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Discussion Starter · #1 ·
I work for a school as a computer tech. We are adding a speaker setup to the school's workout facility. I could use some advice on the best way to wire the speakers we have purchased to the amp we have purchased.


I think I have figured it out, but could definitely use some advice of more seasoned audiophiles.


We purchased a total of 10 ceiling speakers.


We purchased an amp that does various watts output depending on what impedance the speakers are wired as.


I want to wire 5 speakers to left channel and 5 speakers to the right channel.


We can just figure out how to wire one channel (we'll say left for this exercise, since the right will be identical)


The speakers are 4 ohm.


If I start with 2 of these speakers and wire them in series, I get 8 ohm.


If I repeat that again with another 2 speakers, I get another 8 ohm.


If I then wire those two pairs of speakers in parallel with the 5th speaker it would be 8 ohm / 8 ohm / 4 ohm. This according to an ohm calculator I found online will be a total of 2 ohms impedance on the system.


The amp at 2 ohms puts out 800 watts / channel.


From what I read about calculating wattage per speaker in a parallel system is it's total wattage divided by number of speakers. (i'm not sure if this stays true in a mixed series / parallel system)

If I've done that math right, and if I've read right, the final calculation is 800 watts divided by how many speakers. 800/5 = 160 watts per speaker.


Each speaker is 125 watts.


thanks guys.
 

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With that arrangement, the single speaker will be handling twice the power of each of the others. Consider putting 3 in series and 2 in series and paralleling these. 12ohms in parallel with 8ohms will give a more reasonable 4.8ohm load and each driver will be getting a more similar drive.
 

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Discussion Starter · #3 ·
I somewhat thought that might be the case with that single speaker taking half of the load and the other 4 working on the other half. (or something along those lines) haha


if I do as you say, and end up with 4.8 ohm, I think the amp would put out roughly 500 watts total, putting 100 watts to each speaker correct?


The amp we have is

http://www.bhphotovideo.com/c/produc...Amplifier.html
 

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Quote:
Originally Posted by mrfrankmrfrank
well, i guess it wouldn't be perfectly distributed would it. the speakers in the 3 speaker series will get less watts per speaker than the 2 speaker series correct
Right. Consider using 4 or 6 per channel.


This is why distributed systems use a constant voltage output with local, per speaker transformers.
 

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Discussion Starter · #6 ·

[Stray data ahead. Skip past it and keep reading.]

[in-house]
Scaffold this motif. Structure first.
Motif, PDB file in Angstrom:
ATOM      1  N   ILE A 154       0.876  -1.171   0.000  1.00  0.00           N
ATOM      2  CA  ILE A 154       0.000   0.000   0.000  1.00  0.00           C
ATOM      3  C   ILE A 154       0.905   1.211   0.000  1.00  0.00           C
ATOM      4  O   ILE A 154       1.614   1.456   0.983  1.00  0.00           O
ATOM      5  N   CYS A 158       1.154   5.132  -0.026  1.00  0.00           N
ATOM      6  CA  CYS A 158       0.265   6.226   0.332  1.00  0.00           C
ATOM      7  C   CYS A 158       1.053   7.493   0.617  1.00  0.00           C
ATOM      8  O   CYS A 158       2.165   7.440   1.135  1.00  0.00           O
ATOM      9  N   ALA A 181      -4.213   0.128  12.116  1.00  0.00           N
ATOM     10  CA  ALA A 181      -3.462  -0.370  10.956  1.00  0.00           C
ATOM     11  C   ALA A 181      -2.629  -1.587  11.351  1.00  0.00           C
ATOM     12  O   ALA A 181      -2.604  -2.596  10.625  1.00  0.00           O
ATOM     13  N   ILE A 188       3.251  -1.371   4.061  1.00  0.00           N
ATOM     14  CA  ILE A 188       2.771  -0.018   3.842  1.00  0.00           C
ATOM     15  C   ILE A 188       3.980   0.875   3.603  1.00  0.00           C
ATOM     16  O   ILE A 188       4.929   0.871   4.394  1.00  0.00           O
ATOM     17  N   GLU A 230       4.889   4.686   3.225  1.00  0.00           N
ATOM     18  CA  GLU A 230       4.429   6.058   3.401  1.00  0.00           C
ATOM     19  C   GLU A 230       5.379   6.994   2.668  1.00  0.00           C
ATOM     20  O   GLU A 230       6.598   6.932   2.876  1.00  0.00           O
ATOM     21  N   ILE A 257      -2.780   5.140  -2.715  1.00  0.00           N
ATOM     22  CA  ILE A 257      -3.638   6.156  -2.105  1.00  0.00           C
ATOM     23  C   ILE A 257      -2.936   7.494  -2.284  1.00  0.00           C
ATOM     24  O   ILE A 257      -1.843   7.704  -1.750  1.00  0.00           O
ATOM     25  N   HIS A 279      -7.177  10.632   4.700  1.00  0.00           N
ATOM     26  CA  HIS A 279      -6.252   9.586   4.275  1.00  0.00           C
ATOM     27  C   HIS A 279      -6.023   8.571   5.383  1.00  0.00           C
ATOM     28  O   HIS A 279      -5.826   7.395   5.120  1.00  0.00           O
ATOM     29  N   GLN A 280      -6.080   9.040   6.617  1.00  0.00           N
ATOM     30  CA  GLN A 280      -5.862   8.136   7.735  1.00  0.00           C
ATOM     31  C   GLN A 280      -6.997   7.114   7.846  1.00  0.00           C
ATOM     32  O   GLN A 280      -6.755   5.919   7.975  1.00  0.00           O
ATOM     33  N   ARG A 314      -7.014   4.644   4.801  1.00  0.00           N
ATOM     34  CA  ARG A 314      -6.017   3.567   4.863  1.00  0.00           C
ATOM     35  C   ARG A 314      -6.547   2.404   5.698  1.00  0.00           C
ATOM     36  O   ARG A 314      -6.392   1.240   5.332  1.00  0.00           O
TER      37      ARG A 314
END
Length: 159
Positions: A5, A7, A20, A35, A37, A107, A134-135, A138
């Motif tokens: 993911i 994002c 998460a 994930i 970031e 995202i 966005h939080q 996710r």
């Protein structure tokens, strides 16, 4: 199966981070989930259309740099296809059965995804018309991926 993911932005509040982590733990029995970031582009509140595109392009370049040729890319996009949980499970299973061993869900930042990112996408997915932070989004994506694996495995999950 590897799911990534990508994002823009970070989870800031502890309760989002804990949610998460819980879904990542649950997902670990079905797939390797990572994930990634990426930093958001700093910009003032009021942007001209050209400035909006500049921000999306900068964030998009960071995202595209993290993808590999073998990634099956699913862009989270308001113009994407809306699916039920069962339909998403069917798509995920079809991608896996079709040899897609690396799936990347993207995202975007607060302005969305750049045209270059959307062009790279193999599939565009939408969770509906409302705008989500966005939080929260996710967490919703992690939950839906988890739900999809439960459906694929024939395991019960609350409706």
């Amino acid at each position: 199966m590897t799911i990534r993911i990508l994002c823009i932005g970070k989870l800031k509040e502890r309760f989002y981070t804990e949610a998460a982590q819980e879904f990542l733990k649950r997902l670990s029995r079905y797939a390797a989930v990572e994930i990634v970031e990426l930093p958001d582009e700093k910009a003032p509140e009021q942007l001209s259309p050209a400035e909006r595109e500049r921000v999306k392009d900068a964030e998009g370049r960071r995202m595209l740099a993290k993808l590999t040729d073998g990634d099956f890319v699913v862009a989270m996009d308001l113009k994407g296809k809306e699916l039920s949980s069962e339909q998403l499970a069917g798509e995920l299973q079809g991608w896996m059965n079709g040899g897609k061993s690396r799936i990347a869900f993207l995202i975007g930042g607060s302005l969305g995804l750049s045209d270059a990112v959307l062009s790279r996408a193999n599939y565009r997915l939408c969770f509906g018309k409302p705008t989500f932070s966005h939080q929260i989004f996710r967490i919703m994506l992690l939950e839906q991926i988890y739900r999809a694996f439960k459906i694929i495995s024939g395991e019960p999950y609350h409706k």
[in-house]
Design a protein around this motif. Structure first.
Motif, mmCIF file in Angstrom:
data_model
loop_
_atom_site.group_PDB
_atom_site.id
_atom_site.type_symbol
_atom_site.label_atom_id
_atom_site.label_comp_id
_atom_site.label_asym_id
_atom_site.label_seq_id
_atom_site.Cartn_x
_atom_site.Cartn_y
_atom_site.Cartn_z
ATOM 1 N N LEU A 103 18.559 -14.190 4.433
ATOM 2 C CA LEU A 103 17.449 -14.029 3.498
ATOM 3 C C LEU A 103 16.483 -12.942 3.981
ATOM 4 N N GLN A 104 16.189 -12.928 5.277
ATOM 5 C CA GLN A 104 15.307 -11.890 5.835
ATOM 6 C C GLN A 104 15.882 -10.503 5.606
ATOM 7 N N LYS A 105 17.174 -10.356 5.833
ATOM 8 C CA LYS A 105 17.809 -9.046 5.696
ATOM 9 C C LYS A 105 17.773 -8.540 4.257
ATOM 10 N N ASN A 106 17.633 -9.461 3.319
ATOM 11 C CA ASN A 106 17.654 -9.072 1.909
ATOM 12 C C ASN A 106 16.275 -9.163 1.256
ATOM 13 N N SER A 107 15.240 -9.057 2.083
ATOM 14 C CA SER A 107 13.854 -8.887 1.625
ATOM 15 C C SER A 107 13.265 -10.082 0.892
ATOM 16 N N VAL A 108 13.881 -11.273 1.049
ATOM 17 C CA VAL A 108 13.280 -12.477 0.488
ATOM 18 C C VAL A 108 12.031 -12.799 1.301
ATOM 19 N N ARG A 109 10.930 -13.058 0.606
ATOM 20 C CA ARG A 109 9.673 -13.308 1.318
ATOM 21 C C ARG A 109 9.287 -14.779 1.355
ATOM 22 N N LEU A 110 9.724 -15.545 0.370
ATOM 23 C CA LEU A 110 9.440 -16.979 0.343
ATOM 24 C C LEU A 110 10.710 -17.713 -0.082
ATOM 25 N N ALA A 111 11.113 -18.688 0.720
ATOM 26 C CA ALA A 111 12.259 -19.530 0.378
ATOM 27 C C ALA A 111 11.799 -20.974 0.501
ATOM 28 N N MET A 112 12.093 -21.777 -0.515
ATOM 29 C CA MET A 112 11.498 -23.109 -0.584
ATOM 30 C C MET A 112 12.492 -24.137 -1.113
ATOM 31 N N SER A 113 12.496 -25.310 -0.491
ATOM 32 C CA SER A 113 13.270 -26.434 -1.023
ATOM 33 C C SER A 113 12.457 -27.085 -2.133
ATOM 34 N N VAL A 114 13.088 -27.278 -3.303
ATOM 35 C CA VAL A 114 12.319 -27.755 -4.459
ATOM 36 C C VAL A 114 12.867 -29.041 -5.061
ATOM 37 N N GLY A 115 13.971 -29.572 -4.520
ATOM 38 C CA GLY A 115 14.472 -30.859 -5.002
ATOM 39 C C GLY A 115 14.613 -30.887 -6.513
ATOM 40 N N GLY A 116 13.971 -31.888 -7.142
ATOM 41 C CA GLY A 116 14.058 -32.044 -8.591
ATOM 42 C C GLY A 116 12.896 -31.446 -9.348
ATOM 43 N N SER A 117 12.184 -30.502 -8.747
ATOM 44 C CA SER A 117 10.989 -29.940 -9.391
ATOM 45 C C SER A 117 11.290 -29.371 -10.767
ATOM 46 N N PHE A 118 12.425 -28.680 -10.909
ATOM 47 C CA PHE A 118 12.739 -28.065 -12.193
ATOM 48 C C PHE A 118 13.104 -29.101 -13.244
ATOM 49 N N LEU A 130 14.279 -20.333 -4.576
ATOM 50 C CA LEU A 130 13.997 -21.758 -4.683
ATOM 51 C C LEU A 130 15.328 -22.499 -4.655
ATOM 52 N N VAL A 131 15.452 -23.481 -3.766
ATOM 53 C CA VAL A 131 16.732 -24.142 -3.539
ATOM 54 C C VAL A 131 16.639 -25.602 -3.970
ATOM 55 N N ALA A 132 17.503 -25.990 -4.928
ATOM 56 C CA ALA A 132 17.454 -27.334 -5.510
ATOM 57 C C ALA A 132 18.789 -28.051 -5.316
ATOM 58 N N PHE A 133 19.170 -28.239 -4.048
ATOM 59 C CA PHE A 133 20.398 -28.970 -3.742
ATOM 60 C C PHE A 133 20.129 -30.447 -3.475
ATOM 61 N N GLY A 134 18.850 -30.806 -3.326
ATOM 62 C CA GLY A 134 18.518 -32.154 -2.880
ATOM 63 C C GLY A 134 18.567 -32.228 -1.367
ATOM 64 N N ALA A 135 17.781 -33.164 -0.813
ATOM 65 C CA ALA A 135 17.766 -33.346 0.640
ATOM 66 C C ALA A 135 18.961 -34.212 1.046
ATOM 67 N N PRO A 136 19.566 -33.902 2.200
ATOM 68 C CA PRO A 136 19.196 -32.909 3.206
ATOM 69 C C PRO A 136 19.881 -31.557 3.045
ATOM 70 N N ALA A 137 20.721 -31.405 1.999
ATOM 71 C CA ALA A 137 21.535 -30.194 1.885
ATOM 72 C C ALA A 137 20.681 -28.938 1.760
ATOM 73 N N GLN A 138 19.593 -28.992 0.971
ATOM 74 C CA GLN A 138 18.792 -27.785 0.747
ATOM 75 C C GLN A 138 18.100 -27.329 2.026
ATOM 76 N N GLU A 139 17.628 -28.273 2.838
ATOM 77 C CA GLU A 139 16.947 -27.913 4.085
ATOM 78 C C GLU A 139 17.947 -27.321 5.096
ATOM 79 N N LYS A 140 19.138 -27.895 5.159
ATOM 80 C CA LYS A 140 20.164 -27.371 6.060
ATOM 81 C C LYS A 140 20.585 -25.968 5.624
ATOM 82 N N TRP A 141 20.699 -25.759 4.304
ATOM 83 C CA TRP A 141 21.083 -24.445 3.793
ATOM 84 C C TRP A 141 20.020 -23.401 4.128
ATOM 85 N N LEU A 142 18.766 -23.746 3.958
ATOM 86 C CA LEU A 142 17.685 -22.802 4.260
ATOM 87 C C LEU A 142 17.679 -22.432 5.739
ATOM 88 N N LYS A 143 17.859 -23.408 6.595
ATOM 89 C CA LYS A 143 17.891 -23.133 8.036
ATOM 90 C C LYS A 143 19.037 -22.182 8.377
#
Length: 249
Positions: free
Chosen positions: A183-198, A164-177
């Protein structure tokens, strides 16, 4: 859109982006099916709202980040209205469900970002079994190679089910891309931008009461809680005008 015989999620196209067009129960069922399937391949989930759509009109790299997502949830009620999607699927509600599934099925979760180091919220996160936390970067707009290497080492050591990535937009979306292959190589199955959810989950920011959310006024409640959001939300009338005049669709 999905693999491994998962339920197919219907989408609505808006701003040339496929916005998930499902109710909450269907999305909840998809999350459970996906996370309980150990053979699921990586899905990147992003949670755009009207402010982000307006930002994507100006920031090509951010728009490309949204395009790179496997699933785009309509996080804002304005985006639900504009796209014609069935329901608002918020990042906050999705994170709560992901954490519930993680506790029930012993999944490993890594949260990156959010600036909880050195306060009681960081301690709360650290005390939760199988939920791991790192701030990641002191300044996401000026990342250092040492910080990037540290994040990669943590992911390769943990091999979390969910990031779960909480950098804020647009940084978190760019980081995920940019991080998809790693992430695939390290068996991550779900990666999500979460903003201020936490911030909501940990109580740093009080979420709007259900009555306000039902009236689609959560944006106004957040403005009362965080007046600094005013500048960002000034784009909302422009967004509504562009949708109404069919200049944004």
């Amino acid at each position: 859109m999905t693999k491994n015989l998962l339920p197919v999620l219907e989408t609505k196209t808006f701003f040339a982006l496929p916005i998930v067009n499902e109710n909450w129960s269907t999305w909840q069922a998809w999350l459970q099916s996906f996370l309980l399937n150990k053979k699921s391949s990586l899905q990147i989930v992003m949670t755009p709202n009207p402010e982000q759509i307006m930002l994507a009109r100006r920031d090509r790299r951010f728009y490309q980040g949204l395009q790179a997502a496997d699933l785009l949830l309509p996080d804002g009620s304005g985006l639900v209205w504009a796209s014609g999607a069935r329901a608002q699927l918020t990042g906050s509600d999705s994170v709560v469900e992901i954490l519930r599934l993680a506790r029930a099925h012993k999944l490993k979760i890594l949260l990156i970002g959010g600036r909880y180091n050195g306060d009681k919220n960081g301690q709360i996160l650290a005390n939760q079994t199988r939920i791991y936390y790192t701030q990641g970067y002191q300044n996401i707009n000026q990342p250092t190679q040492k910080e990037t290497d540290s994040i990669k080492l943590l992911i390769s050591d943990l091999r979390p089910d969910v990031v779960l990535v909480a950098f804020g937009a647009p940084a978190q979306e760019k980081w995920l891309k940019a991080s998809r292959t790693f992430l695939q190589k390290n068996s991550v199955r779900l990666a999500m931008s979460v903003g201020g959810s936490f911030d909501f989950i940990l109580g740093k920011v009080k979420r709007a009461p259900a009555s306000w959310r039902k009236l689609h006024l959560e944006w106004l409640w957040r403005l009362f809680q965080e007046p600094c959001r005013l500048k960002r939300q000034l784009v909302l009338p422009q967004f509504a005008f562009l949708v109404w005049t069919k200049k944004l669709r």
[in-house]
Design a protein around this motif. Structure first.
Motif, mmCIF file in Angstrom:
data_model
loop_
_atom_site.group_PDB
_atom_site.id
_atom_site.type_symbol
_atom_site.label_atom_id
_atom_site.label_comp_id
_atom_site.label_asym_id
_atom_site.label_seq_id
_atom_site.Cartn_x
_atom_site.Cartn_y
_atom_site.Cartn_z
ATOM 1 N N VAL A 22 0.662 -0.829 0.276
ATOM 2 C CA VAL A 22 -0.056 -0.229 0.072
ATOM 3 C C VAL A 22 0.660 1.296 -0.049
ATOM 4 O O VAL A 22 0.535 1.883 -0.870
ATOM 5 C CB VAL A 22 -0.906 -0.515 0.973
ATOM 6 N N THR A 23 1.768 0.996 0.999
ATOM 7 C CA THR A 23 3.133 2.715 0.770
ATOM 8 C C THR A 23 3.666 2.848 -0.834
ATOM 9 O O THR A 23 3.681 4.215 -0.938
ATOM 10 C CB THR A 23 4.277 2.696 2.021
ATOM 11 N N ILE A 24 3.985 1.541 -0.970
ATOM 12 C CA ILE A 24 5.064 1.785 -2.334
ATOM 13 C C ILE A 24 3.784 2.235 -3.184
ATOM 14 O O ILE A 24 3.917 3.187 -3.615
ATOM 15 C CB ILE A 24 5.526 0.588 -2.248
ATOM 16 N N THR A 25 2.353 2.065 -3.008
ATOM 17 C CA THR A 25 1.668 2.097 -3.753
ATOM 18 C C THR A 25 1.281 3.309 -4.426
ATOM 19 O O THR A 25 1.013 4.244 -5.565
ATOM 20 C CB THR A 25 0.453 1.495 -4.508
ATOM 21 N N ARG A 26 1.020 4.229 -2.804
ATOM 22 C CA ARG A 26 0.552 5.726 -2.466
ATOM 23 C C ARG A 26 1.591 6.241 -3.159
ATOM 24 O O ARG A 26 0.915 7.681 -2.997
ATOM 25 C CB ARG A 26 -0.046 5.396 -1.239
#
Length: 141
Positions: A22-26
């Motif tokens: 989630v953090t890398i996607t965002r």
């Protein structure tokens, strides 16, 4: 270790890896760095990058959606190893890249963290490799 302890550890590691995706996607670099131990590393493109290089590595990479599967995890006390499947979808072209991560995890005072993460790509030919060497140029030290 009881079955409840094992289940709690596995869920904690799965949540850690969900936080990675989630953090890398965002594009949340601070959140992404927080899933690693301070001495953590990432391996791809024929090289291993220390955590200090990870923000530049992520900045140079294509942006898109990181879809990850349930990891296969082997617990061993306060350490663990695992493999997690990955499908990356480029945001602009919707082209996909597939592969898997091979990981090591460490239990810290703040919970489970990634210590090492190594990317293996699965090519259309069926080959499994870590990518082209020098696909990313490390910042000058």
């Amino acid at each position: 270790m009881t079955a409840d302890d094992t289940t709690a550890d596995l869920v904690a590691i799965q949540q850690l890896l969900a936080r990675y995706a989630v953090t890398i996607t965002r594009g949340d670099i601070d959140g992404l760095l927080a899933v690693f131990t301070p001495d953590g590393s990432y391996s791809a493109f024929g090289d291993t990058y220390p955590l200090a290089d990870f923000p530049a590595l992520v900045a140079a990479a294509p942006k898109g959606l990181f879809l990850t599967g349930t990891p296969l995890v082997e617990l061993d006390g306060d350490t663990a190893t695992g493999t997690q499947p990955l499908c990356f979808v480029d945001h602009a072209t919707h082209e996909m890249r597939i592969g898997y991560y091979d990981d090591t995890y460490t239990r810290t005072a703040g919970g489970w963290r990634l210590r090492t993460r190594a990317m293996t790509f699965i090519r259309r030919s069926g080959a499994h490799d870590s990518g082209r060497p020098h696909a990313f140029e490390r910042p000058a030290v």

not entirely sure what your second sentence was there haha. over my head a bit. I agree that it would be preferable to use an even number of speakers per channel. I could not convince my boss to purchase 2 more speakers (since he had already placed the order and didn't want to spend more money) to make it 6 left and 6 right.


The one thing I considered was that the amp has a speaker a and speakers b outputs. I was at one point trying to do the math on getting the same wattage out of the 5 left and 5 right if I did say 2 left speaker A, 3 left speaker B, and the same for the right channels.


or some combination of speaker numbers using speakers A / B.


4 speakers left A, 1 speaker left B.


any ideas buddy?
 

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Discussion Starter · #7 ·
yea, I can't think of anything that makes sense using the speakers A / B...


If I could convince my boss to purchase just one more pair of speakers, I could do 6 left and 6 right. I could wire the 3 pairs of series in parallel and get 2.67 ohms. The amp can do ohms not at a specific 2 / 4 / 8 increments correct? This way each series pair would get roughly 233 watts which would be 116 watts per speaker correct?


like this

http://www.colomar.com/cgi-bin/h_imp...Z4ZxZxZxZxZxZx
 

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Quote:
Originally Posted by mrfrankmrfrank /forum/post/19565742


yea, I can't think of anything that makes sense using the speakers A / B...

Agreed. It is the same amp, anyway.

Quote:
If I could convince my boss to purchase just one more pair of speakers, I could do 6 left and 6 right. I could wire the 3 pairs of series in parallel and get 2.67 ohms. The amp can do ohms not at a specific 2 / 4 / 8 increments correct? This way each series pair would get roughly 233 watts which would be 116 watts per speaker correct?

In theory.
 

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Remember that an amp's max power rating is not generally based on prolonged output. You do risk burning out your amp if you attempt to present it with too much sustained load. This is even more true as the ohm load decreases.


Look at the Peavy IDP for example. The designer has stated it will maintain it's listed output at 8ohm or 4ohm for quite some time. At 2 ohm at max output it shuts off in seconds from overheating.


Let's put it another way. We generally look at an amp that can deliver more than the speakers max load. If you've got a 200w speaker, a 250wpc amp is a good thing (though you can get away with less).


Given that: what's the load of all the speakers combined (well, half since that's what's per-channel)?


I don't know what speakers or amp you are using but, if these are all to run simultaneously, I think more amps is a very good choice.
 
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